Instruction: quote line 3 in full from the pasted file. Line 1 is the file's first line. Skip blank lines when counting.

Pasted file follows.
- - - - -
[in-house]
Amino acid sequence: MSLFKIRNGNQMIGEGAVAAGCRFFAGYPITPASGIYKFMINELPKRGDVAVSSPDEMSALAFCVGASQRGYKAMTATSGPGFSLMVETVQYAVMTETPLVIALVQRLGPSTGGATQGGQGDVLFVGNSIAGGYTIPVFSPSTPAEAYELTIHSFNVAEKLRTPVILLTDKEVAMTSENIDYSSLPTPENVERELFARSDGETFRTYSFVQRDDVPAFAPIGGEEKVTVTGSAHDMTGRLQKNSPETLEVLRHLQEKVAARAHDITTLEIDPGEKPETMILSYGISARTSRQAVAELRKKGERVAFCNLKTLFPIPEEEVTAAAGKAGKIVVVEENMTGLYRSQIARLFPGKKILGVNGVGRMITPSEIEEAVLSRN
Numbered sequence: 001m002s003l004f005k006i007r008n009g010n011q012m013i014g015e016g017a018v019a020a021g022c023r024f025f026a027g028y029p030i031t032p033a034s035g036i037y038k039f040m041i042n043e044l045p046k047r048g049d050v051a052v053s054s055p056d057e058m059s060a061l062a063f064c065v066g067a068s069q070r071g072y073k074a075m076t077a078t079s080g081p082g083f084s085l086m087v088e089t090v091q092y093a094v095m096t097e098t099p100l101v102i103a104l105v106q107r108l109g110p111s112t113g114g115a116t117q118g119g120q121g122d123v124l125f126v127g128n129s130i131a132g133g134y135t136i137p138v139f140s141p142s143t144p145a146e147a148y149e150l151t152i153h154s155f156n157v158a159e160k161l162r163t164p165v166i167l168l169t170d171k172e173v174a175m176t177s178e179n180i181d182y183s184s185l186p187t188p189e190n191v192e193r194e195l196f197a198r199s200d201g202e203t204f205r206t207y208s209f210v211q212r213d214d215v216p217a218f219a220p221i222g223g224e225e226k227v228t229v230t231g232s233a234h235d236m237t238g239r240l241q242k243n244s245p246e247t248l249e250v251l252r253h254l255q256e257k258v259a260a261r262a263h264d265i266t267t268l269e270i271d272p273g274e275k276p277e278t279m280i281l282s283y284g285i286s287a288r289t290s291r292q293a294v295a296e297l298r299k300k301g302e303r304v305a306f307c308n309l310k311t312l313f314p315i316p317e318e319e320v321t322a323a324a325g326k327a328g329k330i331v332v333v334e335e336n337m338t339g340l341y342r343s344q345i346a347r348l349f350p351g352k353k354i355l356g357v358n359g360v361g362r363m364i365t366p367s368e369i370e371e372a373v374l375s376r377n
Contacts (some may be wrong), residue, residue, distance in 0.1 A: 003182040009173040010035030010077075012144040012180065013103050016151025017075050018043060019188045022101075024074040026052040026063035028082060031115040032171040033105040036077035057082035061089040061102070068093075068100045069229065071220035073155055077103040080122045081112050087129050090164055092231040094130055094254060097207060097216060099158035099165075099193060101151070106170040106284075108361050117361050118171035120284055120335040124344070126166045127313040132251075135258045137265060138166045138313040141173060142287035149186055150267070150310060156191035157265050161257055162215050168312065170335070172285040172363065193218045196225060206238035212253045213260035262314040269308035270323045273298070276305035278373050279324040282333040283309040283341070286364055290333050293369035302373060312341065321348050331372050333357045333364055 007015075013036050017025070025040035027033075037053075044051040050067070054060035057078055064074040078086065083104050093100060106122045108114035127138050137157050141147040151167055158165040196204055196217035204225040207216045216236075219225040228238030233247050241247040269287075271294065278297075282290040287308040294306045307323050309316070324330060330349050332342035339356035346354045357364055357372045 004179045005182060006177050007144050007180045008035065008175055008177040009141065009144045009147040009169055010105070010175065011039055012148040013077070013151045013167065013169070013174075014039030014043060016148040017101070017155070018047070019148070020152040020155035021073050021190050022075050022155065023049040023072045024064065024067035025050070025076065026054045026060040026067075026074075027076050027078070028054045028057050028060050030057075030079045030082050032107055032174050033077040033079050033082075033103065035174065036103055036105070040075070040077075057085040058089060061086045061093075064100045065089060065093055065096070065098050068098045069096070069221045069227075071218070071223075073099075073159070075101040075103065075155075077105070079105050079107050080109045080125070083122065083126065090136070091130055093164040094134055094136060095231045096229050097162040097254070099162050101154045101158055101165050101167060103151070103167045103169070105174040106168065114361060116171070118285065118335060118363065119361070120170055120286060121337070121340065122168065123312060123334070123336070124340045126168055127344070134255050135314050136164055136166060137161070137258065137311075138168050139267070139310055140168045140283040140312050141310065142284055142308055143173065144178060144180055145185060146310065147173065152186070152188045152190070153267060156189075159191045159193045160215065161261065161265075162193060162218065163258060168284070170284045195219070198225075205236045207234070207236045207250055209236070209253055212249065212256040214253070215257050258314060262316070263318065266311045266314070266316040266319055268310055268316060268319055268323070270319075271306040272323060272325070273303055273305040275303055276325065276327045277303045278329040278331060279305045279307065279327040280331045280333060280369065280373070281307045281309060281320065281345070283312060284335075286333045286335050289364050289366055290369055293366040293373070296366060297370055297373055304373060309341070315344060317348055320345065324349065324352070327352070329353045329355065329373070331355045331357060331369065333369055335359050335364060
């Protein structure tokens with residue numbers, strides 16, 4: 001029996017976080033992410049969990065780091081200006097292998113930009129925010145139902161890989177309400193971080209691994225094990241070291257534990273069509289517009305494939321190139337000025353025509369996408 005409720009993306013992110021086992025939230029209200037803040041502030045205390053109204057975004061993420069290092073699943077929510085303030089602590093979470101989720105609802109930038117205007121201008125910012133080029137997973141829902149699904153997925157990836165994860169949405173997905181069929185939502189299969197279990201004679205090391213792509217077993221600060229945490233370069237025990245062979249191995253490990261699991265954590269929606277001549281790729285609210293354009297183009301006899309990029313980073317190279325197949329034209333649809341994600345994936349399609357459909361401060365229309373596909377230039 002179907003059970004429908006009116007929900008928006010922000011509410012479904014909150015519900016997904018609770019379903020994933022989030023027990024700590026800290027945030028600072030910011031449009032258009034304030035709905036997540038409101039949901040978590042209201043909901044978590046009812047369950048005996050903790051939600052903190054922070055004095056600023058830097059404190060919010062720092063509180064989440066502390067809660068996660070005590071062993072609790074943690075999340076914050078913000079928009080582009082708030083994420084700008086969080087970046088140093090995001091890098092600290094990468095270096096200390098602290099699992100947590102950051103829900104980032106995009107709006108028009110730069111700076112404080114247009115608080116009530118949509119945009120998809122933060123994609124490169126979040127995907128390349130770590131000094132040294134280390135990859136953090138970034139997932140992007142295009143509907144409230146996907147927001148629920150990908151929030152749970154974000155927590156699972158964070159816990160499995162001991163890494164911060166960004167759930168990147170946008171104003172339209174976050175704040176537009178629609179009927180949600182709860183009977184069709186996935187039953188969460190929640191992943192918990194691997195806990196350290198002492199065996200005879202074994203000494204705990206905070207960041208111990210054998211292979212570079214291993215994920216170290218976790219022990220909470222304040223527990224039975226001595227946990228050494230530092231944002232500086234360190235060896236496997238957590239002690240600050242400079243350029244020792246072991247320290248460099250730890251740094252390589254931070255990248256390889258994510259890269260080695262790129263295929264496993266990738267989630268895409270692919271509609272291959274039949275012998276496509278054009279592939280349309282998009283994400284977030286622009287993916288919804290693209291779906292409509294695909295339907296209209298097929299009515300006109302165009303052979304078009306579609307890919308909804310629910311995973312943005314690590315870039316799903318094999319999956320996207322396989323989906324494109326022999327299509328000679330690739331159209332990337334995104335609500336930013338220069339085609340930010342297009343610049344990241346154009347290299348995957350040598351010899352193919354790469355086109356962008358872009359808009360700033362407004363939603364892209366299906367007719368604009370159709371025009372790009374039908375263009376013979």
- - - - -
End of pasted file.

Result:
Numbered sequence: 001m002s003l004f005k006i007r008n009g010n011q012m013i014g015e016g017a018v019a020a021g022c023r024f025f026a027g028y029p030i031t032p033a034s035g036i037y038k039f040m041i042n043e044l045p046k047r048g049d050v051a052v053s054s055p056d057e058m059s060a061l062a063f064c065v066g067a068s069q070r071g072y073k074a075m076t077a078t079s080g081p082g083f084s085l086m087v088e089t090v091q092y093a094v095m096t097e098t099p100l101v102i103a104l105v106q107r108l109g110p111s112t113g114g115a116t117q118g119g120q121g122d123v124l125f126v127g128n129s130i131a132g133g134y135t136i137p138v139f140s141p142s143t144p145a146e147a148y149e150l151t152i153h154s155f156n157v158a159e160k161l162r163t164p165v166i167l168l169t170d171k172e173v174a175m176t177s178e179n180i181d182y183s184s185l186p187t188p189e190n191v192e193r194e195l196f197a198r199s200d201g202e203t204f205r206t207y208s209f210v211q212r213d214d215v216p217a218f219a220p221i222g223g224e225e226k227v228t229v230t231g232s233a234h235d236m237t238g239r240l241q242k243n244s245p246e247t248l249e250v251l252r253h254l255q256e257k258v259a260a261r262a263h264d265i266t267t268l269e270i271d272p273g274e275k276p277e278t279m280i281l282s283y284g285i286s287a288r289t290s291r292q293a294v295a296e297l298r299k300k301g302e303r304v305a306f307c308n309l310k311t312l313f314p315i316p317e318e319e320v321t322a323a324a325g326k327a328g329k330i331v332v333v334e335e336n337m338t339g340l341y342r343s344q345i346a347r348l349f350p351g352k353k354i355l356g357v358n359g360v361g362r363m364i365t366p367s368e369i370e371e372a373v374l375s376r377n